I remember reading that the LP was written and recorded over a relative short period of time. Do you think that helped to give it that homogenous sound and feeling it has?
AB: Yeah, I think it was right around this time of year last year when we started recording, and focusing entirely on getting this record done, trying to figure out which songs should be included and which should be dumped. But in the end the unifying idea for the album, was that all the songs had to be liked by everyone in the band, and they all had to have a really powerful sound. So perhaps that’s why it feels somewhat homogenous.
YA: I remember that ever since we started playing I told them I was interested in the idea of writing an album in a short time, mostly because of my own previous experiences in other bands. I’ve done albums with songs that were written with a lot of time between them, and they ended up being too heterogeneous. So I wanted our first album to be very compact, one where all the songs came from a precise moment. It’s obviously not a concept album or anything like that, but I really did want our debut to be a sort of cover letter, and that it would stay within certain stylistic boundaries. And there’s of course the mastering and everything, where I think they managed to give all the songs a very similar finishing, so I think that really helped too.
"Paral-lel" was the first song you guys wrote. Why did you decide to have this song in particular included in L’Estat Natural?
AB: "Paral-lel" was the first song Edu [Bujalance] and I did together back when we were sharing a place. The project was only starting, and it was only MIDI drums, guitar lines, it was all very homemade. But despite being the first song, everyone seemed to really like it, even when it was only a demo. We really liked it as well, and felt that it fit in the new LP in both ideas and style. And of course there was the fact that it had been poorly recorded and we wanted to do it justice. It could have ended up not being in the record, and in fact we have a discard from L’Estat Natural that’s probably going to come out as a split 7” soon. There was some arguing around it as well, I used to say “I want this song in the album,” then Yago would say he didn’t want it, but we would always reach an agreement. In the end this is a family.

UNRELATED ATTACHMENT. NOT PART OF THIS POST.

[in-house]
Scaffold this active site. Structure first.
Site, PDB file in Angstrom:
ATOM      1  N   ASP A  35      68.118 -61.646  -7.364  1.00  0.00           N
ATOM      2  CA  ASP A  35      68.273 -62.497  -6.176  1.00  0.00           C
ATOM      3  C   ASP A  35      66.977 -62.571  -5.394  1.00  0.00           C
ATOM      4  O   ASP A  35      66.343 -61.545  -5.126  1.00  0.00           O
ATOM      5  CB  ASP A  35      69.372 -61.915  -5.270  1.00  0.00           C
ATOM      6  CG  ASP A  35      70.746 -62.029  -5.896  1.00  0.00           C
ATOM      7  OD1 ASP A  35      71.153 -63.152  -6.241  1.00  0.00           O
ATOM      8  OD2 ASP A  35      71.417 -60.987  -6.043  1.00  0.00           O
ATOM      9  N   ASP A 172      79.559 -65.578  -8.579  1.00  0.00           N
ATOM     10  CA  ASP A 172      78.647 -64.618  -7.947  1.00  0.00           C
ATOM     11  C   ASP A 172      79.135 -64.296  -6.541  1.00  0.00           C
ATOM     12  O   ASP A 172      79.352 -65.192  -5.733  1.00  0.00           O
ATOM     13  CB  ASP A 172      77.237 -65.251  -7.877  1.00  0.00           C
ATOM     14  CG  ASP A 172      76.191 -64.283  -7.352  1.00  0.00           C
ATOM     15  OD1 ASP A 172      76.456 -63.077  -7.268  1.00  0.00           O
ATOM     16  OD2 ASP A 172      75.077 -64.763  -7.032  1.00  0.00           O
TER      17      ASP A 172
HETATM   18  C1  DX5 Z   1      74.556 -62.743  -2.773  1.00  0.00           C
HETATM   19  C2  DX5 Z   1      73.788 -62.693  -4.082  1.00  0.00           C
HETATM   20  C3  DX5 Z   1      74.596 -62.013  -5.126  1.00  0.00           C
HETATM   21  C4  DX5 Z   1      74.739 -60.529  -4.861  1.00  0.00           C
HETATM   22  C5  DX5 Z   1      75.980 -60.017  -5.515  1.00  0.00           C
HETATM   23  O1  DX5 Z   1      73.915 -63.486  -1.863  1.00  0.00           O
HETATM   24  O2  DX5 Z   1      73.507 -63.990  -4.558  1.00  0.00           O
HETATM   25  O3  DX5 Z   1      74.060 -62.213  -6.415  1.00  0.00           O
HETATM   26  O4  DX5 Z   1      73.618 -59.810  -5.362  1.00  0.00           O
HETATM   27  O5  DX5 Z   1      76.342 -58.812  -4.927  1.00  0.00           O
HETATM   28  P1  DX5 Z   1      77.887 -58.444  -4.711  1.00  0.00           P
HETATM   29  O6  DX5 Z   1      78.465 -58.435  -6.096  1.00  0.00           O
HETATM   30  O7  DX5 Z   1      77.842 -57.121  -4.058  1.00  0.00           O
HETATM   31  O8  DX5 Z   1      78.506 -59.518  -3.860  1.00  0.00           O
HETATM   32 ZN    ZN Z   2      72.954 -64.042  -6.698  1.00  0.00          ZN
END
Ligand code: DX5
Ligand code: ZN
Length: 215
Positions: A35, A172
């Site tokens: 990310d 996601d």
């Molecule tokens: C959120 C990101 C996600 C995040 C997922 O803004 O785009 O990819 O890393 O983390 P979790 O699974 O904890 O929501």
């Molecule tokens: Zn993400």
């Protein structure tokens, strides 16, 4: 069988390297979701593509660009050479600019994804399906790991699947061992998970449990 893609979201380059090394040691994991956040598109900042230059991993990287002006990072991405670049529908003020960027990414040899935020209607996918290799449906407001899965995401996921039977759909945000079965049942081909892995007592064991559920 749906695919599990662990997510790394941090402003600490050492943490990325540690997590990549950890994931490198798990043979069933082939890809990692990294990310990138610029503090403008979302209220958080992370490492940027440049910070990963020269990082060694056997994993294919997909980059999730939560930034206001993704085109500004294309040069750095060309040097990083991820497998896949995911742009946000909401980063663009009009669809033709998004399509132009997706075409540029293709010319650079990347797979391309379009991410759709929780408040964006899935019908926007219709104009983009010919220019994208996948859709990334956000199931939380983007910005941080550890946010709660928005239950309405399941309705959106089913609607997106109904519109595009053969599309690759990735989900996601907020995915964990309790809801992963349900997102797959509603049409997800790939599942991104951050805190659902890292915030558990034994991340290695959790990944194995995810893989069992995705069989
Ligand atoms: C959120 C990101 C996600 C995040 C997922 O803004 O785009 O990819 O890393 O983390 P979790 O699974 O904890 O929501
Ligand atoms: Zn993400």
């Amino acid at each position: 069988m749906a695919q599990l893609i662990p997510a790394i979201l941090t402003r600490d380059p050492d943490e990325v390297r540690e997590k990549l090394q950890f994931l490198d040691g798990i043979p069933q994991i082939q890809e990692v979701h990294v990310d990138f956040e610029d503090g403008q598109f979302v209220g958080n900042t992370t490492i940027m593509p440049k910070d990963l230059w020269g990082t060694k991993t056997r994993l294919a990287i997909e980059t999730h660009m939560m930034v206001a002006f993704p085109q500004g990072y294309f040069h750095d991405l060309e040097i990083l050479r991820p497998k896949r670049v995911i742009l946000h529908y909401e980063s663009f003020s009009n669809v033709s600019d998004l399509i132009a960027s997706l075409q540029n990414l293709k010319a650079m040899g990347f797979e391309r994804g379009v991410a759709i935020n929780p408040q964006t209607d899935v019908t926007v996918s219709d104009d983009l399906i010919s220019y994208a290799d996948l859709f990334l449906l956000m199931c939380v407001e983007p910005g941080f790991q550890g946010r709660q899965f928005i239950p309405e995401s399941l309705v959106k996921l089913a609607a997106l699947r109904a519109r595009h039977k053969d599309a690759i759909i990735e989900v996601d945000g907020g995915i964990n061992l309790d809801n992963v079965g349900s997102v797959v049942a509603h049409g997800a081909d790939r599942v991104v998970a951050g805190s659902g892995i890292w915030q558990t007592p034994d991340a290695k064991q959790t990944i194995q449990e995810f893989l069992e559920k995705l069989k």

YA: The song deserved a proper version, and besides it was a very significant song for the band. It was the first song we ever played together.
AB: And it was originally in English.
Speaking of language, how do you guys come to decide what language to sing in? Not only in the case of Univers where you sing in Catalan, but of your other projects where there’s English and Spanish singing as well (Mujeres, Aliment, Piñata).
YA: I think it was all really simple. We were starting to play and just saying “Well we’re going with English right? Right.” And then we thought well what if we try something else? Spanish obviously not, because [the other members] are from the interior of Catalonia, and they’re never going to be in a band that sings in Spanish. But staying away from the territorial issues… we actually thought it could be fun singing in Catalan, but not because we wanted to do things differently. If you think of it, it’s hard to distinguish anything we’re saying regardless of the language we’re singing in anyway. But it’s really beautiful to be able to write in your own language, even more with it being a really small language.